Feeds:
Posts
Comments

Archive for the ‘Ibeyi’ Category

SOUNDTRACK: IBEYI-Tiny Desk Concert #703 (February 7, 2018).

ibeyiI have been fascinated with Ibeyi since I first heard them a couple years ago.  Their more recent song “Deathless” is just outstanding.  I’d also heard they put on a great show.

So I was looking forward to this Tiny Desk.

But just who are they?

They come by their connection to the Afro-Cuban culture by way of their late father, Miguel “Anga” Diaz, an in-demand Cuban percussionist who was part of a vanguard musicians who reinvigorated Cuban music before he died prematurely at age 45 in 2006. The sisters, Lisa-Kaindé (in blue) and Naomi (in orange) Díaz, carry that calling in their DNA, and how they’ve manifested it into their own art is nothing short of amazing.

The show begins with the sisters singing a capella: an invocation of a West African Yoruba deity called “Oddudua.”

The first song they play is “Deathless.”  “This song is dear to our hearts.  It’s made for you; for us.  Whatever happens, this moment is deathless.  We made it for you to feel for three minutes and believe it.”  Naomi hits a sampler to get the horns going and then Lisa-Kaindé plays the nifty buzzy keyboard melody and vocal samples.  Then Naomi starts playing the batá, which is really fun to watch.  Lisa-Kaindé sings lead (her voice breaks on one of the high notes)

The twins (Ibeyi means ‘twins” in Yoruban) perform their music with the batá drums associated with Yoruban sacred music and their elaborate vocal arrangements channel the call-and-response of traditional African music. The melding of their voices when they harmonize can be breathtaking, but the same can be said about the messages behind their songs, themes that inspire both inward introspection and celebrations of life.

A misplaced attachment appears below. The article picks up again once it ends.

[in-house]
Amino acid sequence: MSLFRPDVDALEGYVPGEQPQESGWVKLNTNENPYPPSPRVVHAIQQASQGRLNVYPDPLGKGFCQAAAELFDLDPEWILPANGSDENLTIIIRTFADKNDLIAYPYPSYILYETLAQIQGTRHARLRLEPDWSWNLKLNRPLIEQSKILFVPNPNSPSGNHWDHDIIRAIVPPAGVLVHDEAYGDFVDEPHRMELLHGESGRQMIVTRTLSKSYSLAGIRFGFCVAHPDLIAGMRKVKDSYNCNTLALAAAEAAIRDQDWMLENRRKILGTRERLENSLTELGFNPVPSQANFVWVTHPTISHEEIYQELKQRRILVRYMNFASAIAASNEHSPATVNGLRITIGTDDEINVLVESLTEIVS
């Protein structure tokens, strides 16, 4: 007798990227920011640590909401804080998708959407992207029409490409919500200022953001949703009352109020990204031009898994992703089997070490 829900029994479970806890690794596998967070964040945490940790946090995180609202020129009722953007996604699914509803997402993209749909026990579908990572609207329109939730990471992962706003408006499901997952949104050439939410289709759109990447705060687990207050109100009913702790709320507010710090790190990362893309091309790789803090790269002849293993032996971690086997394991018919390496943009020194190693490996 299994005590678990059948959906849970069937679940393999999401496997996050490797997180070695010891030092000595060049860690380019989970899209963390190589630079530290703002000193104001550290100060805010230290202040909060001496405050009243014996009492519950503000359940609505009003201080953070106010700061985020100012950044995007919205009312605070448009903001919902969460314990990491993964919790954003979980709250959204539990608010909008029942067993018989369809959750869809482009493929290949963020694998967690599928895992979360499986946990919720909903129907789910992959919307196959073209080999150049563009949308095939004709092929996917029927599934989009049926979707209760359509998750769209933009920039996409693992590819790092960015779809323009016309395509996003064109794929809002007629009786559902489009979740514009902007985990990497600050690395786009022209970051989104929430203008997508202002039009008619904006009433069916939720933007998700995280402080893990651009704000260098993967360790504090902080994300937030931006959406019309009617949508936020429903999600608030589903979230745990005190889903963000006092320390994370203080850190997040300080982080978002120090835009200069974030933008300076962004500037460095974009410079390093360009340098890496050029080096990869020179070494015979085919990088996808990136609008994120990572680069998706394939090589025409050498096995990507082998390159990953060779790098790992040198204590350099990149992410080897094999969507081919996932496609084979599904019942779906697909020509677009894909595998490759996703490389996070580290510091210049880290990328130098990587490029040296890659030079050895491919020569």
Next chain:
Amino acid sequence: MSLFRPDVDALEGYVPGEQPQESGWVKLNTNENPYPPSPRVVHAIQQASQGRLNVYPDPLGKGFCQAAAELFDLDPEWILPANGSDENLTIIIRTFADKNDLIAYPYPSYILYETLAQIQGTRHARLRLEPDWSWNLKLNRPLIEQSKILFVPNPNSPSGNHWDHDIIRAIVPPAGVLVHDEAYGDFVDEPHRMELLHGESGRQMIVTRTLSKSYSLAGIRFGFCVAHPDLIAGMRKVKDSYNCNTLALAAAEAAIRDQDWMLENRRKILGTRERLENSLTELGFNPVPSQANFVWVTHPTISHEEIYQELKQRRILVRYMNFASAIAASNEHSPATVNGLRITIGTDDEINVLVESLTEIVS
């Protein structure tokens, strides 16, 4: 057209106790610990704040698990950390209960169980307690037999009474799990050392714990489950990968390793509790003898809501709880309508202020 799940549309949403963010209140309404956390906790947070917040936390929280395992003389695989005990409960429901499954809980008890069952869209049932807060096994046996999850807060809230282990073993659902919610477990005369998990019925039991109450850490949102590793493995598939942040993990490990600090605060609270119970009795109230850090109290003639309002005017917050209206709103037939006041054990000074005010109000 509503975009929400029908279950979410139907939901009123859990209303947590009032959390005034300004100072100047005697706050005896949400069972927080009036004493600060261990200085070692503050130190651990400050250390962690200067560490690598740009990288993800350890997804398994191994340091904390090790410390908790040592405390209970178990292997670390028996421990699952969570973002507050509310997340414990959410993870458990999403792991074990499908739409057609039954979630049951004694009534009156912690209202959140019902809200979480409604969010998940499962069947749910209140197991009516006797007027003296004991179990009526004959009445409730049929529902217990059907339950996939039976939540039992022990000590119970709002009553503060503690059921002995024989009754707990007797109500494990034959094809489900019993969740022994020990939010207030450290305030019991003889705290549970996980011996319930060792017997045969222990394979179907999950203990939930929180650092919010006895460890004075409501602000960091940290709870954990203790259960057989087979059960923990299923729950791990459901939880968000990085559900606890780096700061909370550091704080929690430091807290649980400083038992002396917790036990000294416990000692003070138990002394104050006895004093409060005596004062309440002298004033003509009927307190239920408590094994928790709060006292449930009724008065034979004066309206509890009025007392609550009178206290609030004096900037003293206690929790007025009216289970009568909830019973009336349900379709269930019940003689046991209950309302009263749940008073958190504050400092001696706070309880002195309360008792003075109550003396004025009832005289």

The drums are such a cool percussive element that I didn’t expect.  The chorus is so uplifting and joyful even as it has a tinge of menace.  They get he audience to sing along in a rather inspiring call and response of the chorus.

“Valé” is a lullaby written for their niece–she sings frozen and she’s really into it.   Naomi sings leads while Lisa-Kaindé plays the pretty piano melody.  It is a delicate, quiet song (a lullaby, duh).  Then Lisa-Kaindé sings lead and Naomi plays cool percussion on a box drum which include lap-slapping as well.

Lisa-Kaindé says “Transmission” is the heart of their album.  It’s nearly seven minutes long and goes through several changes throughout.  They are both by the keys for the start of this one, with Naomi playing bass notes and both of them singing out of the same microphone.

The audience sings the gentle “Transmission” chorus as Naomi speaks in Spanish and then she adds the batá and sings some lovely harmonies.  It’s quite moving.

[READ: February 6, 2018] “Stanville”

I’ve been meaning to read one of Kushner’s novels for a while now because of great reviews.  But in the meantime, I have these short stories.

I’m not sure if this is an excerpt or not.  It feels pretty full on its own, but I coud easily see it going much further.

This story is done from two points of view.  A third person POV for the one main character, Gordon Hauser.  And then, later, a first person point of view for another major character Romy Hall.

Gordon Hauser is teaching G.E.D. classes in a women’s prison.  He was surprised to find that people would much rather teach in men’s prisons.  Indeed, no guard wanted to work in a women’s prison “female prisoners bickered with the guards and contested everything, and the guards seemed to find this more treacherous than having to subdue riots.” (more…)

Read Full Post »